Bidding adieu to a grand legend Harriman: A glittering crowd of admirers -- from aristocrats to movie moguls to politicians -- came to Washington for the funeral of Ambassador Pamela Harriman.

February 14, 1997|By Ellen Gamerman | Ellen Gamerman,SUN NATIONAL STAFF

WASHINGTON -- The famous, the near-famous and the never-famous converged on the National Cathedral yesterday to bid adieu to Pamela Harriman, the ambassador to France who built a legend around her political connections and high-powered salons.

Part diplomat, part fund-raiser, part aristocrat -- and, some might say, part vixen -- she was remembered yesterday as a patriotic American who had served her country well. In the crowd of 1,157 that gathered for her funeral, the far reach of her charms was boldly in evidence.

Gregory Peck and Oscar de la Renta sat not far from the Clintons and Gores. Limousines deposited everyone from French envoy H. E. Philippe Seguin (representing that country's government) to Winston Churchill's descendants (products of Harriman's first marriage, to Randolph Churchill).

Senators and House members mingled among Georgetown grandes dames in black hats and stoles. Lobbyists indulged in a little quiet schmoozing. Onlookers who never knew Harriman came to stare none-too-discreetly at the international clique that had embraced her.

"I just came to admire the great life she led, and see all the people who knew her," said retired Army Col. Jim Loome, 70. "She was a great figure in history."

Pamela Digby Churchill Hayward Harriman died last week of a brain hemorrhage while swimming in the pool at the Ritz Hotel in Paris. She will be buried next to her third husband, W. Averell Harriman, multimillionaire financier and former New York governor, who died in 1986, on his estate in Arden, N.Y.

Over her 76 years, Harriman managed to reinvent herself time and time again. From an English aristocrat she became a European socialite with a penchant for married men. By the 1980s, after she had become an American citizen, she turned into a formidable Democratic fund-raiser.

Harriman may have been "a citizen of the world," as President Clinton eulogized her, but her funeral was pure Washington.

Sen. Barbara A. Mikulski of Maryland emerged from a bus of fellow lawmakers, her green wool coat soon lost in a crowd of society matrons with glazed hairdos and fearsome furs.

Jack Valenti, a Washington fixture as longtime head of the Motion Picture Association of America, stood on the cathedral steps in his black cowboy boots, cell phone in hand, talking about a book deal.

Two cathedral workers caucused to figure out whom to direct to the better seats -- the senators or the House members. (They figured it out: the senators.)

The seats were ranked with color-coded tags. The yellow ones -- meant for the truly powerful -- read "POTUS" (President of the United States), "Secretary Albright," "The Attorney General" and variety of Churchills, Digbys and Harrimans.

Harriman's connections began through her high-profile marriages. After the Churchill union ended in divorce, she married Leland Hayward, a Broadway producer whose many successes included "The Sound of Music." In the wake of Hayward's death, she married the 79-year-old Harriman, with whom she had had an affair 30 years earlier, during World War II.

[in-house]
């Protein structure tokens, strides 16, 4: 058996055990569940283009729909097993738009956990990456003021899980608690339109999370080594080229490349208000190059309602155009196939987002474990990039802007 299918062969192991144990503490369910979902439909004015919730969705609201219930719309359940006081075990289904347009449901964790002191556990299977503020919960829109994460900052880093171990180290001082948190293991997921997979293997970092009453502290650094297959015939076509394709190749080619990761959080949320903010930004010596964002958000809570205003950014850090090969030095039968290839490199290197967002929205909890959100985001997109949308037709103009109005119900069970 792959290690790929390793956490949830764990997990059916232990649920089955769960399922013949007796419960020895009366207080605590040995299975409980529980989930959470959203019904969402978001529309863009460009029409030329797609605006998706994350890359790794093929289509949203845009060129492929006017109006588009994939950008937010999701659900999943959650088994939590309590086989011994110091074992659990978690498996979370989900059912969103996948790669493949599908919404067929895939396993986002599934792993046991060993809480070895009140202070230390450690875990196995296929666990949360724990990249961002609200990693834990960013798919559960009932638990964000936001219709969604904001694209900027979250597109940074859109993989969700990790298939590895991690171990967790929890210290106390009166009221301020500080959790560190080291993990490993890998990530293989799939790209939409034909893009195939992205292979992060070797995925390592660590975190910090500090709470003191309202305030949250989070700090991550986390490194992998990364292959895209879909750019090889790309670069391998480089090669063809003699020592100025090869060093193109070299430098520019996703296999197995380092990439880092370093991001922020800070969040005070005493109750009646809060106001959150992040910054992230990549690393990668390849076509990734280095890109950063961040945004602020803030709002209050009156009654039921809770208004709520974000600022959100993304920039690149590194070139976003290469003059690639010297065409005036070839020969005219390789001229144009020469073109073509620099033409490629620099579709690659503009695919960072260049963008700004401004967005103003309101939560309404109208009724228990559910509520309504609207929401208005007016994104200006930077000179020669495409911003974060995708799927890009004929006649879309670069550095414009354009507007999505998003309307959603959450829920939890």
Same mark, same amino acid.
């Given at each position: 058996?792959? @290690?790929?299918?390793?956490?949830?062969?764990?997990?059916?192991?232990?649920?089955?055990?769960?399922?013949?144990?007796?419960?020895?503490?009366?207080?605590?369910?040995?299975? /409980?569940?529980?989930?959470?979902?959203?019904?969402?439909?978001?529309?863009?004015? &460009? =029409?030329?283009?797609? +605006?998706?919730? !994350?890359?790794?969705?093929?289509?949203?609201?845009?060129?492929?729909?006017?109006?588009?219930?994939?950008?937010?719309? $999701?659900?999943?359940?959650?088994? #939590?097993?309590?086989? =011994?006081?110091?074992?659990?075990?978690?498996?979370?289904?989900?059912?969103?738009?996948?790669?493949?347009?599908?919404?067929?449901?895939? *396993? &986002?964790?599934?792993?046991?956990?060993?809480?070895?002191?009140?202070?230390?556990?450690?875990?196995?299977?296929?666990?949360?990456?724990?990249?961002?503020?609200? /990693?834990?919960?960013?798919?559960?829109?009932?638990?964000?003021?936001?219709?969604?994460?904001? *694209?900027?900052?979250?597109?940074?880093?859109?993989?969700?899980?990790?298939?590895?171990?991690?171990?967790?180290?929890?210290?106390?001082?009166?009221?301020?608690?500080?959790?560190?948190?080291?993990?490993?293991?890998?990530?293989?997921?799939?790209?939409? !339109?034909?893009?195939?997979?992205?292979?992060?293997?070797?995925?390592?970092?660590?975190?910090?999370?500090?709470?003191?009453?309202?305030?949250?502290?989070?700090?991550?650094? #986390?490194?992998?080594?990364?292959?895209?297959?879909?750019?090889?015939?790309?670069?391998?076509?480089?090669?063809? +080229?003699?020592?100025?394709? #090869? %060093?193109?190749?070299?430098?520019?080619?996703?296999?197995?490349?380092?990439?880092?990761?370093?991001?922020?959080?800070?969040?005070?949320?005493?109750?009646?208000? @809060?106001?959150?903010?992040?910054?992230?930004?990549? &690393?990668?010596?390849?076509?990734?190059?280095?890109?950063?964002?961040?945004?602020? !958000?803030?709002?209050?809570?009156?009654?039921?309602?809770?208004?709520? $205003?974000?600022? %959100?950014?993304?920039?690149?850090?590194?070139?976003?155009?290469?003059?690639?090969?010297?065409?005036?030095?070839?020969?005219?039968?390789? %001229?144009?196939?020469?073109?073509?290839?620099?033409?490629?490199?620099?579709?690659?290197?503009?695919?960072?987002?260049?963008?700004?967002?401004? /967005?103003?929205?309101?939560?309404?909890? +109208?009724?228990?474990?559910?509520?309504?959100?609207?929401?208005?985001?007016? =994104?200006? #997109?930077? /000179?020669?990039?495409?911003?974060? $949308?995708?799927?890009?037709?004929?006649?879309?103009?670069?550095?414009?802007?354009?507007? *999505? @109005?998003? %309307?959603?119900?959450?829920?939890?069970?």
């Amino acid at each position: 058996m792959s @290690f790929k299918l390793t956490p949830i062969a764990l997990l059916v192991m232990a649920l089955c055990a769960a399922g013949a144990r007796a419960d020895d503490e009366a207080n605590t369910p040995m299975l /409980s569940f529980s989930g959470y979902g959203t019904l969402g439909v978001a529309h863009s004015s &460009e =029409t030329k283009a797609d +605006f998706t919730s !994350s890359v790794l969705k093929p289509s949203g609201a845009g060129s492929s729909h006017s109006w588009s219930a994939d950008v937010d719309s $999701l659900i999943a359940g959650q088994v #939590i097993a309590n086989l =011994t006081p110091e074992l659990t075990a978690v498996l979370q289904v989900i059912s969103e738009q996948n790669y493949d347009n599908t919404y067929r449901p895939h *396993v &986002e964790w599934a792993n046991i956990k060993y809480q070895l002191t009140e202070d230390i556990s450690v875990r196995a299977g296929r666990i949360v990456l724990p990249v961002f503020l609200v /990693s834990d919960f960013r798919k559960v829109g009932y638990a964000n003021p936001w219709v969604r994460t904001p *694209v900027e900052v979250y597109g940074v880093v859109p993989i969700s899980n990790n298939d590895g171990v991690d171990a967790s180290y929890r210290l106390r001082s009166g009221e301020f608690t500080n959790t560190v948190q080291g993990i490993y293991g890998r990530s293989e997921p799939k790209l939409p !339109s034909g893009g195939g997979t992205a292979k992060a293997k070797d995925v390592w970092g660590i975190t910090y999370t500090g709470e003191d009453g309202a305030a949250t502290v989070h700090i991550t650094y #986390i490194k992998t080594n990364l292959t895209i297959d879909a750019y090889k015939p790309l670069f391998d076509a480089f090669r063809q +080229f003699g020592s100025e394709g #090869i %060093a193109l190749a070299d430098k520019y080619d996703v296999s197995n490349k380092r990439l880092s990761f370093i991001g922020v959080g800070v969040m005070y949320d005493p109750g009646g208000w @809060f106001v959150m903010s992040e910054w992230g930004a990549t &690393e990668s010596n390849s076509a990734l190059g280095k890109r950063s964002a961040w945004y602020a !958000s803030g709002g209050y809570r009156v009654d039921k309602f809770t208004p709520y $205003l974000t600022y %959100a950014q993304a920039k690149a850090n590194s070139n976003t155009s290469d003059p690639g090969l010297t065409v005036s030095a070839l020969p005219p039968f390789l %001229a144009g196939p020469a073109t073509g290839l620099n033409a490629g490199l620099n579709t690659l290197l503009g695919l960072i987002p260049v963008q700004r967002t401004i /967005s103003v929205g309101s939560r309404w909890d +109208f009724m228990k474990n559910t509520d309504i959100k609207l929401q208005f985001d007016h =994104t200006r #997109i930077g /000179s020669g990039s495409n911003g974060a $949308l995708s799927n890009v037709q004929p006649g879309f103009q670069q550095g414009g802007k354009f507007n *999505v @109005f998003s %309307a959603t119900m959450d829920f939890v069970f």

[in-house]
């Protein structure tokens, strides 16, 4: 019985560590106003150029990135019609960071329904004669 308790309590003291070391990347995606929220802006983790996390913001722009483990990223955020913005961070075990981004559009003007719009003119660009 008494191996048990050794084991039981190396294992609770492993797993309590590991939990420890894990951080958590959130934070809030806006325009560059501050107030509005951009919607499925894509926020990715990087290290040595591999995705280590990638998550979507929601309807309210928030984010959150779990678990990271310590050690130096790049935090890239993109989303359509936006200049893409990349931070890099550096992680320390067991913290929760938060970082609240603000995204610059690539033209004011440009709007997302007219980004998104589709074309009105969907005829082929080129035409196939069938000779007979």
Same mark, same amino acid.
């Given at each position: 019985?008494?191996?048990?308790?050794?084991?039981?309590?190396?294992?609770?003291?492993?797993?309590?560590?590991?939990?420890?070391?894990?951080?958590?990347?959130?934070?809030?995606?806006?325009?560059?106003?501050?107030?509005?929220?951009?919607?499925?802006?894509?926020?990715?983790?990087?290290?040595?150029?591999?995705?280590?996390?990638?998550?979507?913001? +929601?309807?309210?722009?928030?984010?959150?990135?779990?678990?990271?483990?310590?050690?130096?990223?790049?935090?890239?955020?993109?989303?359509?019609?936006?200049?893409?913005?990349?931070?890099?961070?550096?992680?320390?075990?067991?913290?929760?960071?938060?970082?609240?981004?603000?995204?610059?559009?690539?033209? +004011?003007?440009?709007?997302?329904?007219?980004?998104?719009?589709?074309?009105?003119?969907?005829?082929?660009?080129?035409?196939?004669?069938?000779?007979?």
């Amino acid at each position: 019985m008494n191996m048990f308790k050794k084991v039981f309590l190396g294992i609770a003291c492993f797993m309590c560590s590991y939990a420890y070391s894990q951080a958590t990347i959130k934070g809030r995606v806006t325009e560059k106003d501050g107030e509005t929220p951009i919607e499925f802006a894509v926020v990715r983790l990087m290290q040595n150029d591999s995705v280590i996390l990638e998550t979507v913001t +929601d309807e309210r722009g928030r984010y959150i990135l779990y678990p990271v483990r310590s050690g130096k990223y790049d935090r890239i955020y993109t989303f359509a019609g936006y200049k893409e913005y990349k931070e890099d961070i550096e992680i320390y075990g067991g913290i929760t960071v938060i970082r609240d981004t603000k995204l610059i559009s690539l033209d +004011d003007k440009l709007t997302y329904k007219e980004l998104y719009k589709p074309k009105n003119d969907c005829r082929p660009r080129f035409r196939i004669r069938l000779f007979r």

Indeed, it was her affairs -- with such luminaries as Prince Aly Khan of Pakistan; Gianni Agnelli, chairman of the Fiat auto company; Baron Elie de Rothschild, the banking and wine magnate; and Edward R. Murrow, the legendary CBS broadcaster -- that drew the buzz around Harriman.

Harriman once called "extraordinary" the number of men she was reputed to have slept with but never did. Some of the married men who escorted her to parties after Harriman's death were in the audience yesterday with their wives.

Onlookers could not help but look for her old flames. There they hoped to spot John Carter Brown, the former director of the National Gallery of Art, who was 14 years younger than Harriman and a frequent squire.

It was a glittering crowd. One onlooker, Harriet Meyerson, made a beeline to Gregory Peck, scoping out his gray goatee and plaid coat and exclaiming: "You're still good looking."

Aside from Peck (whom biographers have not listed as a Harriman paramour), in the pews were Ethel Kennedy; composer Marvin Hamlisch; Katharine Graham, chairwoman of the Washington Post Co.; socialite Kitty Carlisle Hart; and Gov. Roy Romer of Colorado, general chairman of the Democratic National Committee.

"There were lots of people here oh, gee, senators and such," said Marlin Leiphart, a 63-year-old retired engineer from Arlington, Va., who came with his camera. "This is a real event."

Those who knew Harriman well were hardly surprised by the outpouring in her honor.

"No matter who it was, no matter who you were, she would always light up a room around you," said Anna Raymond, her secretary in the early '90s. "She was a grand person."

Others who met Harriman only briefly remember the same. Robert Block, a public relations consultant who did business in Paris, still seemed dizzied by her.

"It was fantastic just to talk to her," he said. "Oh! That charm."

Pub Date: 2/14/97

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